6. 'DEVELOPED COUNTRIES MUST HONOR THEIR FAIR SHARES FOR LARGELY FUELING THIS CRISIS'
"This conference has been happening for longer than my entire life," Aneesa Khan, of SustainUS, told the crowd. Just a week before the Paris Agreement was created, she recalled, her home on the southeast coast of India was flooded; hundreds of people were killed and thousands more displaced. "I didn't hear from my family for three days. I had no idea if they survived. No one deserves this kind of suffering," she said. "Developed countries of the world, I'm here to remind you, in case you forgot, that you are historically responsible for this climate crisis."
The idea of "common but differentiated responsibilities" has been a part of the U.N. Framework Convention on Climate Change from its very inception, which means that, as far back as 1992, countries agreed that some countries were more responsible for climate change than others, and thus had a greater responsibility to deal with it. But since then, according to Lidy Nacpil, of the Asian People’s Movement on Debt and Development, governments and corporations alike in the world's richest nations have worked relentlessly to water down this UNFCCC principle.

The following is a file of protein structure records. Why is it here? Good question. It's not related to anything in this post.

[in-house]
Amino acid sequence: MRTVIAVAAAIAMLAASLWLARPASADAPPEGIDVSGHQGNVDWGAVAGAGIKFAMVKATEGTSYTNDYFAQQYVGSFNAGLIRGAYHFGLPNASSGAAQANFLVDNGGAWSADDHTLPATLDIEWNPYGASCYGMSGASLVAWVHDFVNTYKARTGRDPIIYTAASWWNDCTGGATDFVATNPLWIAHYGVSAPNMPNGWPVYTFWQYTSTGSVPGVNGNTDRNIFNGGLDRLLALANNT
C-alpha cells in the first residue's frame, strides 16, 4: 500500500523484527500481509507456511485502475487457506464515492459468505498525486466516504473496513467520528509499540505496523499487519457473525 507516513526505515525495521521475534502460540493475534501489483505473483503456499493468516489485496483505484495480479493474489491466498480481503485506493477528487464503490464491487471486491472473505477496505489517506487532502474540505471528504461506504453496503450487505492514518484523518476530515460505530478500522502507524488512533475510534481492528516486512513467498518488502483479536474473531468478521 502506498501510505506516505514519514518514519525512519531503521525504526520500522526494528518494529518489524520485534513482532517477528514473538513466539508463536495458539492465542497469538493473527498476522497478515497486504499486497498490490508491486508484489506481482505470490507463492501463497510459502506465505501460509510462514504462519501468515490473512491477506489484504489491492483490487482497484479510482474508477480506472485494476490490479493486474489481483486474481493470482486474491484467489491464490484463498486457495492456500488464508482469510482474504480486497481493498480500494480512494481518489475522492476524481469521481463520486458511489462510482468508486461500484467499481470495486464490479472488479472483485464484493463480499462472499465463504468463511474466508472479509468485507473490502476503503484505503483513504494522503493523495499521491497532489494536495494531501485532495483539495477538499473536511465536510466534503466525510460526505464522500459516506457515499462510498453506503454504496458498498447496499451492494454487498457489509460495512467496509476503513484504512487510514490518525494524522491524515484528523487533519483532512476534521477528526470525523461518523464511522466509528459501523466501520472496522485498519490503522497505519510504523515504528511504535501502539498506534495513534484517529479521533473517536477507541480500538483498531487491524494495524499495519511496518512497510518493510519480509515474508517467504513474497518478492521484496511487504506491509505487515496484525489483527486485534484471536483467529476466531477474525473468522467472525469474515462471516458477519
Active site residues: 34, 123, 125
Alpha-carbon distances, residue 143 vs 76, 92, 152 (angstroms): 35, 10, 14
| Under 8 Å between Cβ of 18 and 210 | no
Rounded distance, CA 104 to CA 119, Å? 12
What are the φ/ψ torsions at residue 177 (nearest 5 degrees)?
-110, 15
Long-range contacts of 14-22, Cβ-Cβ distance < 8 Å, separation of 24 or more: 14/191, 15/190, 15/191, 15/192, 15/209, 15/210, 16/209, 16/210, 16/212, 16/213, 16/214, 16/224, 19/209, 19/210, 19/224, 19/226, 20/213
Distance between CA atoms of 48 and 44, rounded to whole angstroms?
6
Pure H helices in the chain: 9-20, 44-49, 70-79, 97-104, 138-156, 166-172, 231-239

"What we are asking today is no more or less than an honoring of the commitment they made by signing up to this convention," Nacpil said Tuesday, "and that is to do their fair share."
Khan reminded listeners that it is usually women, indigenous groups, minorities, and low-income populations that bear the brunt of climate change, and that these people are already doing their part to stop the crisis. "From environment defenders in Latin America to the Standing Rock Sioux in the U.S. to the anti-coal activists in the Philippines and right here in Poland, we're here, we're rising, we're resisting, we're fighting," Khan said in her address to developed nations, "but where are you?"